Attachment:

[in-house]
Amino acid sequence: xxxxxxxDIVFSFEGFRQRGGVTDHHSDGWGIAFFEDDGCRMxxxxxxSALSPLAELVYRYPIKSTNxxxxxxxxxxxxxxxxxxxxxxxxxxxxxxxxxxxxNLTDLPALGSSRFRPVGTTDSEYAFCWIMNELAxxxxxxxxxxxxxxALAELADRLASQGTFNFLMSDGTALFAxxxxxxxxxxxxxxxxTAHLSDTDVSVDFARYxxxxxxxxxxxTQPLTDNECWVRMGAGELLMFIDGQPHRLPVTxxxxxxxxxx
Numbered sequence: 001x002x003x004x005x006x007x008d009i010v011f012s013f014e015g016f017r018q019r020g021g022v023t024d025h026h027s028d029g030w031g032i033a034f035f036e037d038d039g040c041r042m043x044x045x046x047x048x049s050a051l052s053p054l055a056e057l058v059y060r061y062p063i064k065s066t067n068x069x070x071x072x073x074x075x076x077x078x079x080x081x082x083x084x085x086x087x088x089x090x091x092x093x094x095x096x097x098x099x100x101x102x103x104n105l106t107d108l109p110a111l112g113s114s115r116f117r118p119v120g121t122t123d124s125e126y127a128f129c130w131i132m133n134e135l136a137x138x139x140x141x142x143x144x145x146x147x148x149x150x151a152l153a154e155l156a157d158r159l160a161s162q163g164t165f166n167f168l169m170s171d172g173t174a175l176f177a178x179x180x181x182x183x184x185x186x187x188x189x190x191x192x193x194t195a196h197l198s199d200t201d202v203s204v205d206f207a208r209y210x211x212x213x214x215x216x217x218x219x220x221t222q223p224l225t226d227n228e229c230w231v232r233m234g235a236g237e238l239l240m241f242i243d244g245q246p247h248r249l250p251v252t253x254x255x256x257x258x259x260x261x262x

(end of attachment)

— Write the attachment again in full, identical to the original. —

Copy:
[in-house]
Amino acid sequence: xxxxxxxDIVFSFEGFRQRGGVTDHHSDGWGIAFFEDDGCRMxxxxxxSALSPLAELVYRYPIKSTNxxxxxxxxxxxxxxxxxxxxxxxxxxxxxxxxxxxxNLTDLPALGSSRFRPVGTTDSEYAFCWIMNELAxxxxxxxxxxxxxxALAELADRLASQGTFNFLMSDGTALFAxxxxxxxxxxxxxxxxTAHLSDTDVSVDFARYxxxxxxxxxxxTQPLTDNECWVRMGAGELLMFIDGQPHRLPVTxxxxxxxxxx
Numbered sequence: 001x002x003x004x005x006x007x008d009i010v011f012s013f014e015g016f017r018q019r020g021g022v023t024d025h026h027s028d029g030w031g032i033a034f035f036e037d038d039g040c041r042m043x044x045x046x047x048x049s050a051l052s053p054l055a056e057l058v059y060r061y062p063i064k065s066t067n068x069x070x071x072x073x074x075x076x077x078x079x080x081x082x083x084x085x086x087x088x089x090x091x092x093x094x095x096x097x098x099x100x101x102x103x104n105l106t107d108l109p110a111l112g113s114s115r116f117r118p119v120g121t122t123d124s125e126y127a128f129c130w131i132m133n134e135l136a137x138x139x140x141x142x143x144x145x146x147x148x149x150x151a152l153a154e155l156a157d158r159l160a161s162q163g164t165f166n167f168l169m170s171d172g173t174a175l176f177a178x179x180x181x182x183x184x185x186x187x188x189x190x191x192x193x194t195a196h197l198s199d200t201d202v203s204v205d206f207a208r209y210x211x212x213x214x215x216x217x218x219x220x221t222q223p224l225t226d227n228e229c230w231v232r233m234g235a236g237e238l239l240m241f242i243d244g245q246p247h248r249l250p251v252t253x254x255x256x257x258x259x260x261x262x